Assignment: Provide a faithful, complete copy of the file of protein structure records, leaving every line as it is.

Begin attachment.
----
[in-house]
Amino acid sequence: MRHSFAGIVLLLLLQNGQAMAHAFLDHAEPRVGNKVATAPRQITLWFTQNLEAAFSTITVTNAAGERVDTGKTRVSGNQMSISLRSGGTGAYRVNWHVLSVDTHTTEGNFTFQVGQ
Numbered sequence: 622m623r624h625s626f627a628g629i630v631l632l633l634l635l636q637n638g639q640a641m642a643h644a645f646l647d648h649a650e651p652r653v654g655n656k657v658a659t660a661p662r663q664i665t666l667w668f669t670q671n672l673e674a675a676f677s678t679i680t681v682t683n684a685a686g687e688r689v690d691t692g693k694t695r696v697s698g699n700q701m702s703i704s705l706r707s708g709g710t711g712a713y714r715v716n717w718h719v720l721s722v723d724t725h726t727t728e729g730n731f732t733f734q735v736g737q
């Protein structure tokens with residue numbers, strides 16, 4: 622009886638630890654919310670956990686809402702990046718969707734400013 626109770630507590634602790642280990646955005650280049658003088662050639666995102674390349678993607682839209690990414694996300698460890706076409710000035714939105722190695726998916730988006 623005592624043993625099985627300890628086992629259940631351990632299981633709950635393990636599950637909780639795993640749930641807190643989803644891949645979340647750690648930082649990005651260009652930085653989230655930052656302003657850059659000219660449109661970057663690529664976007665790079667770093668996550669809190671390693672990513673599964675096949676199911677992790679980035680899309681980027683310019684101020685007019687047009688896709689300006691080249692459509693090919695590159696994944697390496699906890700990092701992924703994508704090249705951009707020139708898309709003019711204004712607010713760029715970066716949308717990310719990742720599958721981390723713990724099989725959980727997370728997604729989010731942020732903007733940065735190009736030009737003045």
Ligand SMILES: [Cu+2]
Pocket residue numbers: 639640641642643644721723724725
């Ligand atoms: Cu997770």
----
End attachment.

[in-house]
Amino acid sequence: MRHSFAGIVLLLLLQNGQAMAHAFLDHAEPRVGNKVATAPRQITLWFTQNLEAAFSTITVTNAAGERVDTGKTRVSGNQMSISLRSGGTGAYRVNWHVLSVDTHTTEGNFTFQVGQ
Numbered sequence: 622m623r624h625s626f627a628g629i630v631l632l633l634l635l636q637n638g639q640a641m642a643h644a645f646l647d648h649a650e651p652r653v654g655n656k657v658a659t660a661p662r663q664i665t666l667w668f669t670q671n672l673e674a675a676f677s678t679i680t681v682t683n684a685a686g687e688r689v690d691t692g693k694t695r696v697s698g699n700q701m702s703i704s705l706r707s708g709g710t711g712a713y714r715v716n717w718h719v720l721s722v723d724t725h726t727t728e729g730n731f732t733f734q735v736g737q
């Protein structure tokens with residue numbers, strides 16, 4: 622009886638630890654919310670956990686809402702990046718969707734400013 626109770630507590634602790642280990646955005650280049658003088662050639666995102674390349678993607682839209690990414694996300698460890706076409710000035714939105722190695726998916730988006 623005592624043993625099985627300890628086992629259940631351990632299981633709950635393990636599950637909780639795993640749930641807190643989803644891949645979340647750690648930082649990005651260009652930085653989230655930052656302003657850059659000219660449109661970057663690529664976007665790079667770093668996550669809190671390693672990513673599964675096949676199911677992790679980035680899309681980027683310019684101020685007019687047009688896709689300006691080249692459509693090919695590159696994944697390496699906890700990092701992924703994508704090249705951009707020139708898309709003019711204004712607010713760029715970066716949308717990310719990742720599958721981390723713990724099989725959980727997370728997604729989010731942020732903007733940065735190009736030009737003045």
Ligand SMILES: [Cu+2]
Pocket residue numbers: 639640641642643644721723724725
């Ligand atoms: Cu997770």